German Spitz

German Spitz
German Spitz pictures
German Spitz suitability

In my own words


Look at my tail. Look how fluffy and curly it is! Yes I know you’re giving me all those admiring glances, and that’s why I’m often a show dog. You probably see lots of types of me at Crufts. If you want a dog to act as a door bell, I can do that job for you as well. I am very protective of my owner and I will let them know if you’re near them. They are my pack leader, and they’ve trained me so that I know whatever I do; they’re still in charge. There’s lots of different types of my breed and it can be quite confusing; but I do know we all descended from Germany – and I’ve got some Scandinavian blood as well.

There is a type of us that fashionable people like to carry around in their handbags in California, that seems like a nice life to me, just sitting around in someone’s bag; but then again I do like going on the odd long walk from time to time. It can be quite fun poking around.

My ideal owner(s)


Older People

People who live in the city

People who can take charge


What they say about me




Bark a lot

Good watchdog

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Information essential about the German Spitz


The term ‘German Spitz’ can actually refer to many different types of dog that are of the German Spitz origin. Some of them are classed as single breeds while some are still grouped together; confusingly, this can even vary from national kennel club to national kennel club! In general, however, this article will concern itself with any of these dogs that have descended from the ‘German Spitz’ breed according to the International Federation of Kennel Clubs. The main sub-breeds include (according to the International Federation of Kennel Clubs):

· The Keeshond (as it’s known by the British Kennel Club) or Wolfsspitz, a grey coloured dog that is roughly 43-55cm from floor to withers. It has a very fluffy, plush coat and curly tail – a common trait among other German Spitz types.

· The Giant Spitz, a larger sub-breed of the Standard Spitz. 42-50cm from floor to withers, and can be white, brown or black.

· The German Spitz (Mittel). 30-38cm floor to withers and come in a variety of different colours. This article will deal primarily with this type and to avoid confusion, if I am referring particularly to the German Spitz (Mittel) in this article (say, if I am discussing the dog’s features or weight), I will call it the ‘Standard Spitz’. From the ‘Standard Spitz’, other sub-breeds have also developed; including the American Eskimo Dog.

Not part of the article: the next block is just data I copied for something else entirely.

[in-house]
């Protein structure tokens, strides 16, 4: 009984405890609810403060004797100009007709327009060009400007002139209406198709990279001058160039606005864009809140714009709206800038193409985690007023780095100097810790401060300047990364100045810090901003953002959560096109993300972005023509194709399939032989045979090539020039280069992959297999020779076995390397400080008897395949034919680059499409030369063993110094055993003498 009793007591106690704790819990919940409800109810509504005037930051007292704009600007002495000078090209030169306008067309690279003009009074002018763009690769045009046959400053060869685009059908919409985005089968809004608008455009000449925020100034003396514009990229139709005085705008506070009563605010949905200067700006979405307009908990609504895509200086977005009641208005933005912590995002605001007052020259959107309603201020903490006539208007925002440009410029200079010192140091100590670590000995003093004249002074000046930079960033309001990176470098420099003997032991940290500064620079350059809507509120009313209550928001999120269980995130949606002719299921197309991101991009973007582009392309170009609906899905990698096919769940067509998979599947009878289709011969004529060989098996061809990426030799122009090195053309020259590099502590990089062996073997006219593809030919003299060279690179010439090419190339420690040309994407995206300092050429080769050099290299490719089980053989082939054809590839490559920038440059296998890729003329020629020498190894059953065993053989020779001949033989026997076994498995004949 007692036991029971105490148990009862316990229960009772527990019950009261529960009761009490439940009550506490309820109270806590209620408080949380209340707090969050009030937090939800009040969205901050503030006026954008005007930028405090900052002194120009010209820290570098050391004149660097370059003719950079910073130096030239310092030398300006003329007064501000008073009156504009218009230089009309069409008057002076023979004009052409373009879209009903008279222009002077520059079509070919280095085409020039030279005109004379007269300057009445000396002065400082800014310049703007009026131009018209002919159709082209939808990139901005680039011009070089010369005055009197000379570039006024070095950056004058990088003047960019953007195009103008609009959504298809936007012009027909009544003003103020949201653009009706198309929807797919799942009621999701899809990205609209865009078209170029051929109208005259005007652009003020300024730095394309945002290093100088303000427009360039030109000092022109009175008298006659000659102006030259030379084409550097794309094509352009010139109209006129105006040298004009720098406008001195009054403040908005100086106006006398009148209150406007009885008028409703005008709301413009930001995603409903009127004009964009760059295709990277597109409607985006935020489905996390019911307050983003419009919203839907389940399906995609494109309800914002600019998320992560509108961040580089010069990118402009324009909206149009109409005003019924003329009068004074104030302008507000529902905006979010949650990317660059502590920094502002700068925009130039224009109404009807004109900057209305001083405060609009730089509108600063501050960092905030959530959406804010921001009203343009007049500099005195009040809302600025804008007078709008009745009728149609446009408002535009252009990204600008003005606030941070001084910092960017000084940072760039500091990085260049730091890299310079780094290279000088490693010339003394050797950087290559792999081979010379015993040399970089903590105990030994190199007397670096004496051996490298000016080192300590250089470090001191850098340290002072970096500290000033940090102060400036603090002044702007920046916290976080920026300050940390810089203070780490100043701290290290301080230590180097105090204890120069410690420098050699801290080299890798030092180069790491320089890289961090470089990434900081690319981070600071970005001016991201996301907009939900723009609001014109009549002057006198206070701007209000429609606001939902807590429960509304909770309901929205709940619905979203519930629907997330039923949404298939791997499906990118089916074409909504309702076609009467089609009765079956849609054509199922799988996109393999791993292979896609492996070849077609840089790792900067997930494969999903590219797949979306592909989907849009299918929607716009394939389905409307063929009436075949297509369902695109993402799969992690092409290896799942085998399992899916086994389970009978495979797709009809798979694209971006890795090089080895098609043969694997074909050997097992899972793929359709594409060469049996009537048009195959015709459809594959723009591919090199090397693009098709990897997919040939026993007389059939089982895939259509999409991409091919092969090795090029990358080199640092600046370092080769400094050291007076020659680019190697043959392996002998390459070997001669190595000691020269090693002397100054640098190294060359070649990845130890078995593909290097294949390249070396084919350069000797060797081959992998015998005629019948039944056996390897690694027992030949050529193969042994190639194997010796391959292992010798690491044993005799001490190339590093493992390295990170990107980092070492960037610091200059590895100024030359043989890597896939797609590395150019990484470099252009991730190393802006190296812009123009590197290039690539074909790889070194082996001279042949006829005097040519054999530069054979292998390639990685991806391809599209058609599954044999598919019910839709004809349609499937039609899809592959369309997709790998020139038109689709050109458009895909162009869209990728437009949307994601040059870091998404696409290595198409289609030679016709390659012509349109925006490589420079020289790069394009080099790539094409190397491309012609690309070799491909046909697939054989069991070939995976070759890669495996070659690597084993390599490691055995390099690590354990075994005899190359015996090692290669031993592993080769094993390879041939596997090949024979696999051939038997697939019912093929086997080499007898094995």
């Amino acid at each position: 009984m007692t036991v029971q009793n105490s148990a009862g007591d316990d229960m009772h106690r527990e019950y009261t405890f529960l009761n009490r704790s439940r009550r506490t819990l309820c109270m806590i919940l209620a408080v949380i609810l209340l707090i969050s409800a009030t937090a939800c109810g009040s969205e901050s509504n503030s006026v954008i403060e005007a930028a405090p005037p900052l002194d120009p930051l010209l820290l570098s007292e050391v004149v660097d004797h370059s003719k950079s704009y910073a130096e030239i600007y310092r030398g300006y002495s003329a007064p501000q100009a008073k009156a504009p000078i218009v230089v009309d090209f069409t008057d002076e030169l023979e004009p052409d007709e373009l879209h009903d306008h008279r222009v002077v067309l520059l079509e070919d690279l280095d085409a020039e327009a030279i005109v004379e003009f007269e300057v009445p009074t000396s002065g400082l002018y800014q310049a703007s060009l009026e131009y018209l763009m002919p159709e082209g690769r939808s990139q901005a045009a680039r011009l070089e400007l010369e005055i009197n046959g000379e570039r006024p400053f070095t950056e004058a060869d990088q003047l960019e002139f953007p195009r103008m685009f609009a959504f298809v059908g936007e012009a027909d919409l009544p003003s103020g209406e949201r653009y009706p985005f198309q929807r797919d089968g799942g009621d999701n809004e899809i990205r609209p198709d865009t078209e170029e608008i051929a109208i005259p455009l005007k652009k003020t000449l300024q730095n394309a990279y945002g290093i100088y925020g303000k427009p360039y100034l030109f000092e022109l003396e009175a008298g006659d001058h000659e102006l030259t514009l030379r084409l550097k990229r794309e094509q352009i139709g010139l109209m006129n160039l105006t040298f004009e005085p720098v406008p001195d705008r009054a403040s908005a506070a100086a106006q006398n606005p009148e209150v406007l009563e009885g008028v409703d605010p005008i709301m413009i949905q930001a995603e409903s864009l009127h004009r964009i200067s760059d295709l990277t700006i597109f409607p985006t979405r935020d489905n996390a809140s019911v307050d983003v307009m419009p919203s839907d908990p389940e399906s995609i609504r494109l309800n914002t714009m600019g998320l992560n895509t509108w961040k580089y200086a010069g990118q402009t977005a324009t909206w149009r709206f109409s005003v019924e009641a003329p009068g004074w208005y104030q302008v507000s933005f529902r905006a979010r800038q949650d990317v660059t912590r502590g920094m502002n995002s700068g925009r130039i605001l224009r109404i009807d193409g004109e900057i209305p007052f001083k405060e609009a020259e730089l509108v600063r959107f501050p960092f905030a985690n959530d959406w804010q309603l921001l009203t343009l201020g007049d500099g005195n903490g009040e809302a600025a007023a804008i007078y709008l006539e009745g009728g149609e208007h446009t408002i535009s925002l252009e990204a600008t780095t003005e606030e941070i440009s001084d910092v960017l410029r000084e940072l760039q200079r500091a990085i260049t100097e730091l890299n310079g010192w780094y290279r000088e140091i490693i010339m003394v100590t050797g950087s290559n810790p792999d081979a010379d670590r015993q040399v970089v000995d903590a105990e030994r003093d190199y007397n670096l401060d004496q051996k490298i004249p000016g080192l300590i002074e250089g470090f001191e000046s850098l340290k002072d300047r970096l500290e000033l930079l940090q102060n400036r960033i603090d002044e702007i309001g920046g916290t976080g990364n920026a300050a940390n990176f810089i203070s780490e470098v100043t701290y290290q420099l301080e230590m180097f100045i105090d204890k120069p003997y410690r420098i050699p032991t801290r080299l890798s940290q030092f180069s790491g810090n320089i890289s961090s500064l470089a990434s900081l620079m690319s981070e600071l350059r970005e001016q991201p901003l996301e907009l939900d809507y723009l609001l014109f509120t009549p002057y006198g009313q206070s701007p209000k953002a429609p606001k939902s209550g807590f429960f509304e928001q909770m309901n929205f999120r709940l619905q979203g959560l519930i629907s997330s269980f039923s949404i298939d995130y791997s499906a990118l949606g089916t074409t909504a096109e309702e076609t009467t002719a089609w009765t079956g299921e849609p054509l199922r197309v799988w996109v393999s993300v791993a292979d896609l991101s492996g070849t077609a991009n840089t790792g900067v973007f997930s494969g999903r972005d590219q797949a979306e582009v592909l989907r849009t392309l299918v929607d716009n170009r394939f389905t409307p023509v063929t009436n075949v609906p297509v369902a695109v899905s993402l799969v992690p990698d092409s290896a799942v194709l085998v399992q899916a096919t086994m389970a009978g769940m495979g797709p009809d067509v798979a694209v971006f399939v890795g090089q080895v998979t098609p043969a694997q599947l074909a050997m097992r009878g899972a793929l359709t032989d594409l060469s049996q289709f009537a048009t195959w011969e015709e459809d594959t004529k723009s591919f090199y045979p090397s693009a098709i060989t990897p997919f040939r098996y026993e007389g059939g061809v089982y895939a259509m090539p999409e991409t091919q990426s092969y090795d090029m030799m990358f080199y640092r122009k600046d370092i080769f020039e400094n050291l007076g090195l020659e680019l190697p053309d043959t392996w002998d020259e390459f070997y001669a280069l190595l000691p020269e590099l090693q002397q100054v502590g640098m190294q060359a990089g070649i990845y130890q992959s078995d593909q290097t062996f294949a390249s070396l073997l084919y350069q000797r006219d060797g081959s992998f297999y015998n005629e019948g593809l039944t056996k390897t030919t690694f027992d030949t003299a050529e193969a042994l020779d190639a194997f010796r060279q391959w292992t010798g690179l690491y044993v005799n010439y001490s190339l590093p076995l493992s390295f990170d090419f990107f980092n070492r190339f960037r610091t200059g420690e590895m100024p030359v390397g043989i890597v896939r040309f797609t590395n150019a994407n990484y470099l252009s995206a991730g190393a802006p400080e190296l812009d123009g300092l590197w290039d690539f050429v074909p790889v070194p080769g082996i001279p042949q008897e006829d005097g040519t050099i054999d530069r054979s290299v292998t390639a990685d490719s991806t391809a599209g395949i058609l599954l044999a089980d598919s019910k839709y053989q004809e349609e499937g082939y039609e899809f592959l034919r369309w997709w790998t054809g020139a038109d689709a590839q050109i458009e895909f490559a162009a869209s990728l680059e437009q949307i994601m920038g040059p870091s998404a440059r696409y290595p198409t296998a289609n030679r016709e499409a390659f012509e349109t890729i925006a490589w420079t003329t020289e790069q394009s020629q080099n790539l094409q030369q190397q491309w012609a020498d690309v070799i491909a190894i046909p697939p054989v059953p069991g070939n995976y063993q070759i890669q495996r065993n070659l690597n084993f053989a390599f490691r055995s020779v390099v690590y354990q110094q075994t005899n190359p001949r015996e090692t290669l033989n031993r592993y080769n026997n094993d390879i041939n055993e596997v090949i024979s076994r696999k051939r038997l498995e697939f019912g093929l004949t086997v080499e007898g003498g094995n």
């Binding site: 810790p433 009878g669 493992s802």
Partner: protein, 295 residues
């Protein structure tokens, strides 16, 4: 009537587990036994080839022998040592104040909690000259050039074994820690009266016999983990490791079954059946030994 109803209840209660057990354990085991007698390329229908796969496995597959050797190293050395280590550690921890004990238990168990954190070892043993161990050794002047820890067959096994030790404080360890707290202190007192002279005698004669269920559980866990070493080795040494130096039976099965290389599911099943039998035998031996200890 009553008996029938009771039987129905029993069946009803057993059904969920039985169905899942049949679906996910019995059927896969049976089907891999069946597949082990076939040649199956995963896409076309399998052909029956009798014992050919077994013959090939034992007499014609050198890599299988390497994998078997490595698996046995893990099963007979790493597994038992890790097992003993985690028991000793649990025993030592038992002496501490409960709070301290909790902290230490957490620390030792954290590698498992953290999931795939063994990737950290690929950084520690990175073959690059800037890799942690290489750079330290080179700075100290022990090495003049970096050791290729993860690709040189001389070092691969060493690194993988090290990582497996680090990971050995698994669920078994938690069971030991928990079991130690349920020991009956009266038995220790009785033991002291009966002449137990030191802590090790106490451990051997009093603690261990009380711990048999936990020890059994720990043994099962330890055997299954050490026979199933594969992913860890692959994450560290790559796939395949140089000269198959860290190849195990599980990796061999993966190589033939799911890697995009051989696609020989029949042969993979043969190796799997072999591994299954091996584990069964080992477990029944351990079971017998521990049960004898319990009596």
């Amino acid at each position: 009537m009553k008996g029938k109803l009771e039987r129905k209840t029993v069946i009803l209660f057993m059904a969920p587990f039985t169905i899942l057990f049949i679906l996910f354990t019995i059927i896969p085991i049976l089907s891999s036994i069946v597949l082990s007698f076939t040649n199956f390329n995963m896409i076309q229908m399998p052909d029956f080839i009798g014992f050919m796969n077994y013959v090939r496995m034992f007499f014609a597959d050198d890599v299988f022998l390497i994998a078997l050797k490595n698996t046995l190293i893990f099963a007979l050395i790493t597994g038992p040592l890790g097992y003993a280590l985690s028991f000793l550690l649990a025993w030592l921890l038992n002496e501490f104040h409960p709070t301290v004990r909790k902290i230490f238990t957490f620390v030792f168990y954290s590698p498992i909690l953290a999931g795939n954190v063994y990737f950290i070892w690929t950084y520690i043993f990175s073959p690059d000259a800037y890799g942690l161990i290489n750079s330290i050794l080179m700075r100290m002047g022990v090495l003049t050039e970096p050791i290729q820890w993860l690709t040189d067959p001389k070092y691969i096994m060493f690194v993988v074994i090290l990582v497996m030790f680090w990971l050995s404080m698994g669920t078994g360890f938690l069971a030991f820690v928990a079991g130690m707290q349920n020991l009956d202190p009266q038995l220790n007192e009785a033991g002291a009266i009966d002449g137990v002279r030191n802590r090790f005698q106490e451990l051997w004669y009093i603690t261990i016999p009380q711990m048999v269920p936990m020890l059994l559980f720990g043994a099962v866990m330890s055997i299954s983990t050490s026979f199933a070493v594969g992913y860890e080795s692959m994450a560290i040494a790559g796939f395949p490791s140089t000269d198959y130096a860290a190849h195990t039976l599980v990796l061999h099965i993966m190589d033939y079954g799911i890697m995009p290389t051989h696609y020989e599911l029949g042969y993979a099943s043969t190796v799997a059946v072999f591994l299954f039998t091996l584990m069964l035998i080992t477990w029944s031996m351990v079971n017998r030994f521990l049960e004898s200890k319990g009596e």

· German Spitz (Klien). 23-29cm floor to withers. Also comes in a variety of different colours. Again to avoid confusion I shall call the German Spitz (Klien) the ‘Miniature Spitz’, if I am referring to this sub-breed particularly.

· The Zwergspitz. A tiny version of the German Spitz only 18-22cm from floor to withers. Comes in a variety of colours. If I am specifically referring to this sub-breed I will call it by its common English: the ‘Pomeranian’. These types of dogs were made famous by Queen Victoria. To further add to the Spitz confusion, Pomeranians are classified as a completely separate breed by the UK Kennel Club (The UK Kennel Club is not part of the International Federation of Kennel Clubs).

Generally, any dog that is a Spitz type and of which its origins can be traced back to Germany are ‘German Spitz’.



The Standard Spitz is roughly 23-41 pounds (10.5-11.5 kg.)



Popularity varies from sub-breed to sub-breed. The Standard Spitz is becoming are rare breed, even in Germany. Pomeranians, on the other hand for example, are very popular; especially in the United States were they have become very fashionable and are currently in the top 15 most popular dogs.

Breed History:


European Spitzen have a very long history, and the existence is thought to go back more than 6000 years. They are thought to have descended from thick coated Scandinavian herding dogs, specifically the Samoyed and Lapphund; and bought into central Europe by Vikings. The earliest literary reference is to the Spitz is in 1450. As the name suggests, the modern-day German Spitz originated in Germany and up until the 19th century, this adaptable breed was bred in Germany to be a hunter, herder and watchdog. Over the years, different communities bred different types of Spitz dogs, and this has what caused the many sub-types we see today.  All of these sub-breeds have been bred for specific purposes, for example the Standard Spitz was bred to be a watchdog, while the Pomeranian has was bred to be a companion and lapdog. As I’ve already mentioned, the Pomeranian (named after the Pomorania area of Germany) became very fashionable in 19th century England due to being a favourite with Queen Victoria. The smaller the Pomeranian, the more of a fashion statement the dog was thought to be, so Pomeranians were eventually bred to become smaller and smaller. In early 20th century America the Standard Spitz was bought over, mixed with both the Keeshond and Pomeranian and developed into a sub-breed known as the ‘American Eskimo Dog’. Early experts originally thought that German Spitzen were, in fact, the oldest dog breed (due to their shape resembling old fossils), but modern genetic evidence now disproves this theory.



The German Spitz is a fairly energetic, playful breed with a slightly higher than average intelligence. They are very curious and will like to go on searches while on walks, as well as poking around areas that they are not familiar with. They are loyal to their owners, and this can cause them to become suspicious of strangers. Because of this they make excellent watchdogs, and do enjoy a good bark. This can get out of hand, but with good training this can be honed so that they bark when visitors come to the door and then keep quiet thereafter. They are very playful, and like to stand on their hind legs; a trick that they can learn to do on command. They, especially the Pomeranian, are a regular staple at dog shows such as Crufts, and  they feel very at home on the show floor. They can be lively, especially when young, but they are also sensitive and require much human attention and petting!